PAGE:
We always talk about innovation. It is everywhere and everybody wants to be innovative. To get a better understanding of the dynamics of innovation, the Meetup Group Barcelona Internet Startups invited Eric Reiss to share his view on innovation versus best practice. Are they like oil and water or complementary to one another? He has 6 laws of innovation to provide some insight.
First of all, it is a pleasure to hear Eric talk. He is a funny, inspiring and interactive speaker that can share insight about lots of topics in the business, more specifically advertising world. He does not give a presentation, he provides the audience with an almost standup comedian show: complete with different characters and voices.
In order to talk about innovation, it is important to have the right definition. Definitions differ a lot. From the introduction of something new: an idea, method or device to a long term strategy to solve problems being achieved after a period of experimentation. Reiss stresses the importance of innovating for the right reasons: the only reason to innovate is to solve a real problem. Having said that, it should be easy to explain the ‘why’ of an innovation: the one and only unique selling point (USP). Note that the “U” stands for unique: there can only be one. So if you’re advocate of innovation, don’t sum up a dozen of so called a ‘unique’ aspects, that’s a contradiction.
To help navigate through the jungle of invention, iteration and innovation, Reiss designed 6 Laws of Innovation:
- Law #1: if an innovation does not solve a problem, it is creating one.
Problems may arise in 3 different fields: technical, social and political. Make sure that when working on a solution you have an answer for potential problems in all three. In the end you want to say: “my problem is greater than the combined efforts needed to solve it.”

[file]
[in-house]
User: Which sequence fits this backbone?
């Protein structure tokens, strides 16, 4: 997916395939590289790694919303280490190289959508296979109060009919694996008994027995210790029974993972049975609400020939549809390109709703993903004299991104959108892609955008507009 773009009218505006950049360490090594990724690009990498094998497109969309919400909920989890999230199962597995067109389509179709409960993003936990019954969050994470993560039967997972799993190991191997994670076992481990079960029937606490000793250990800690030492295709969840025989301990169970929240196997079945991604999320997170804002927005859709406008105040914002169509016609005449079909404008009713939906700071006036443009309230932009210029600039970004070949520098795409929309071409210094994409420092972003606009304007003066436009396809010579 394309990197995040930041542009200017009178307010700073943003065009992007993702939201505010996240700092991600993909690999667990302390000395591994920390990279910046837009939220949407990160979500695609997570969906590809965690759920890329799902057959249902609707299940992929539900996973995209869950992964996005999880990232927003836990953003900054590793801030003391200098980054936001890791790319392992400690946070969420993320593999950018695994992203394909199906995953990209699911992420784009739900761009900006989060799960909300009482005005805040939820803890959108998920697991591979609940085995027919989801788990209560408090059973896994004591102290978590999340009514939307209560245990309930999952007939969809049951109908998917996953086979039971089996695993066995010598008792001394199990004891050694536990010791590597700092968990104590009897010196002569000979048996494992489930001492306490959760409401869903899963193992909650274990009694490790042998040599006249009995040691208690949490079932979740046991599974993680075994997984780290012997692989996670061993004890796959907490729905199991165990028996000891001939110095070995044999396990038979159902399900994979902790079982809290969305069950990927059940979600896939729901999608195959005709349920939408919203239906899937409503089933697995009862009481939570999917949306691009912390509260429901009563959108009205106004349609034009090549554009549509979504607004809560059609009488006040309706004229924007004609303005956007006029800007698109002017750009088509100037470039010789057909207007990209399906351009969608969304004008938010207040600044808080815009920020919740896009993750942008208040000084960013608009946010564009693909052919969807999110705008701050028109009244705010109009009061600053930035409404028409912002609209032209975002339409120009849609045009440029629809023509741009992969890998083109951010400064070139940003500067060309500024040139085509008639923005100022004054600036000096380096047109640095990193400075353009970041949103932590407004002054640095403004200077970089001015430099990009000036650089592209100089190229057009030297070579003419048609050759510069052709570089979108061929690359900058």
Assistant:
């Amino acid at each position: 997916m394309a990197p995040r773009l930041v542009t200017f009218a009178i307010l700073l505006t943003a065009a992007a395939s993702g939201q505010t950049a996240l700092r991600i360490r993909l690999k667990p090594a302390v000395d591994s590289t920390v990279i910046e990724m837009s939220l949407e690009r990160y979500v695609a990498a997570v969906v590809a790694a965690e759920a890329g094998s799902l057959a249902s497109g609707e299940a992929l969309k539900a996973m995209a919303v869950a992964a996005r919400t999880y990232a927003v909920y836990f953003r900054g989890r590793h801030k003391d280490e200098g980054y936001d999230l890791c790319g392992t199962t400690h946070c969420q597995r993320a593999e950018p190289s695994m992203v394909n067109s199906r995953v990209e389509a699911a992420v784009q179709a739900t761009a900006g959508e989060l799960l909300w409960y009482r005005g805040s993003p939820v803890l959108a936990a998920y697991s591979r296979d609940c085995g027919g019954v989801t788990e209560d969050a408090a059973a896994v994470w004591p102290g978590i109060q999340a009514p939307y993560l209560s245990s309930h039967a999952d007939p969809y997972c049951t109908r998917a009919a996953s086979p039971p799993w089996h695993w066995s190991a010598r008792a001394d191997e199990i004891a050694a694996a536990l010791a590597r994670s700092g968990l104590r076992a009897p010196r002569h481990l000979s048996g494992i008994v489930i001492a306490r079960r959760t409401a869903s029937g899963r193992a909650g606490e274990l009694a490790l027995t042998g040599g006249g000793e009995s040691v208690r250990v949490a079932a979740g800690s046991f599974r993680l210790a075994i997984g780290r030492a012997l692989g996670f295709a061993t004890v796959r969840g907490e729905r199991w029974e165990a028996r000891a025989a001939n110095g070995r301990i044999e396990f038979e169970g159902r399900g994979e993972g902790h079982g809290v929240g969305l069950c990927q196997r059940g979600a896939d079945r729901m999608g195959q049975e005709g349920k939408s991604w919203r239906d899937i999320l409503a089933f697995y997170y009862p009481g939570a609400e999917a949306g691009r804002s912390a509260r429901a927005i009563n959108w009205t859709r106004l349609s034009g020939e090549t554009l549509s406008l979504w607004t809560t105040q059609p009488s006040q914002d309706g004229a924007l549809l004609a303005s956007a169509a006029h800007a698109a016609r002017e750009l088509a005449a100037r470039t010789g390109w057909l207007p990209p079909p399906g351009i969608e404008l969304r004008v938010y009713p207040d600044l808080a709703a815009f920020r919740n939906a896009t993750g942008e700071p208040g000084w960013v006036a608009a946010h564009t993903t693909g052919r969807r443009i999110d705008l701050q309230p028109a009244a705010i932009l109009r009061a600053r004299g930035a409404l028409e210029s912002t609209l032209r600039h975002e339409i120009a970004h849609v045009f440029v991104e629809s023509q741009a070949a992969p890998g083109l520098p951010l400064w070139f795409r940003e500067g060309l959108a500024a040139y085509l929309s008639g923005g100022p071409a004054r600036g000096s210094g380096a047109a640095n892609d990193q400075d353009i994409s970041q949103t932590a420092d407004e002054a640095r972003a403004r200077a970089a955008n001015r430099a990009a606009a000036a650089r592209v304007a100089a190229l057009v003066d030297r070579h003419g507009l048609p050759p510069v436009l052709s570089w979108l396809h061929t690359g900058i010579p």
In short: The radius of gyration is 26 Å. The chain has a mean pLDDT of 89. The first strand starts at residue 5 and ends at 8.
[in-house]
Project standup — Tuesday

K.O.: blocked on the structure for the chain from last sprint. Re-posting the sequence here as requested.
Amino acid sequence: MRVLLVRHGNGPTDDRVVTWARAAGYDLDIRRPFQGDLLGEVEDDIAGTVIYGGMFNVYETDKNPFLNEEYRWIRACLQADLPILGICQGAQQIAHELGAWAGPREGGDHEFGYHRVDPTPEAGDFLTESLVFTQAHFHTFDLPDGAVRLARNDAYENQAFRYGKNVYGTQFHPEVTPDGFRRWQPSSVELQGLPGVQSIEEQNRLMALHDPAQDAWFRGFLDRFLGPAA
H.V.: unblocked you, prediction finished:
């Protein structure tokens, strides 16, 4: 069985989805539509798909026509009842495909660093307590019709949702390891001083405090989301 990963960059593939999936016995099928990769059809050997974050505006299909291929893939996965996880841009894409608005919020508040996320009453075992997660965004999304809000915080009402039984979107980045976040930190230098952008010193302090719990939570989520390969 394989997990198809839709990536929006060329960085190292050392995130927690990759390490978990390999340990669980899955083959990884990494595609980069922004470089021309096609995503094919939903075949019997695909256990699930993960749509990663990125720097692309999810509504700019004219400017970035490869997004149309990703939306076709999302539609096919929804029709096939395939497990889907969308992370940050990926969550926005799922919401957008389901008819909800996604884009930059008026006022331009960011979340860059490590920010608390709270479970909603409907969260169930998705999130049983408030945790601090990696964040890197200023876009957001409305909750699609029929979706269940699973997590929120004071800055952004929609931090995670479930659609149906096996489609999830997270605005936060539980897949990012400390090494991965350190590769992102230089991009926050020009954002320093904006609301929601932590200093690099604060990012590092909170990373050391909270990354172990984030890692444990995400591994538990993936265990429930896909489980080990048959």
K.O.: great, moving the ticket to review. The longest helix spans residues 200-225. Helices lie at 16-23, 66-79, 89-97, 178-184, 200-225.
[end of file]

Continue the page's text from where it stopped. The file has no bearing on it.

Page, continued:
- Law #2: problems do not exist in isolation, solutions have unexpected consequences.
- Law #3: invention may be accidental. Innovation is always a planned activity to solve a real problem
- Law #4: Innovators often break the rules, but also understand the rules.
They know how to do it. This is the difference between innovation and idiocy. You need to understand your craft and the forces guiding it.
- Law #5: intuitive solutions don’t necessarily need instructions
Know that unhappy customers are dangerous. Due to social media it can last for a long time for those bad comments to disappear. Reiss suggest to apply user-driven design: invite the customer to participate. In other words, co-create and crowd source.
- Law #6: innovation almost always represents the combination of two well-known technologies and put them together. An example of this is the Zipbud: a new kind of earphones with zipper integrated cabling that will prevent you from experiencing the infamous and annoying tangled headphone cords. If you spot such an opportunity, you can make real money.
Another important concept to distinguish is the difference between strategy and tactics. Eric Reiss uses the army to explain this:
- Strategy: the General says “we are going to take that hill”
- Tactics: the Sergeant says: “tall soldiers behind trees, fat soldiers behind rocks”
And here comes the essence of innovation and best practice. Innovation is about having a strategy, a future outlook to solve a problem. Best practices are about commonalities to tackle the encountered obstacles. The tactics you use to represent short term solutions, which often might be standardized.
In search of excellence the innovation life cycle relates both concepts. You go from invention, through innovation, reaching the hill with best practice. But be careful for the pitfalls: habit and fashion. When they occur around you, it is time for a new disruptive innovation to happen.
Are you curious about what Eric Reiss can teach you? Do you have questions related to meta data, web design and architecture? This Saturday, Eric will be hosting a workshop on usability, especially tailored at startups to help you create better products and services. Click here to subscribe.
Not able to go? Reiss has a tip to improve your search results when searching for specific facts: type in the answer in “quotes” instead of the question. Hence, not when did xx happen, but “xx happened in”. Give it a try; it will make your Google search easier and faster.
Quote of the day: “Entrepreneurs make wonderful things happen.”
Image credits: Geekalerts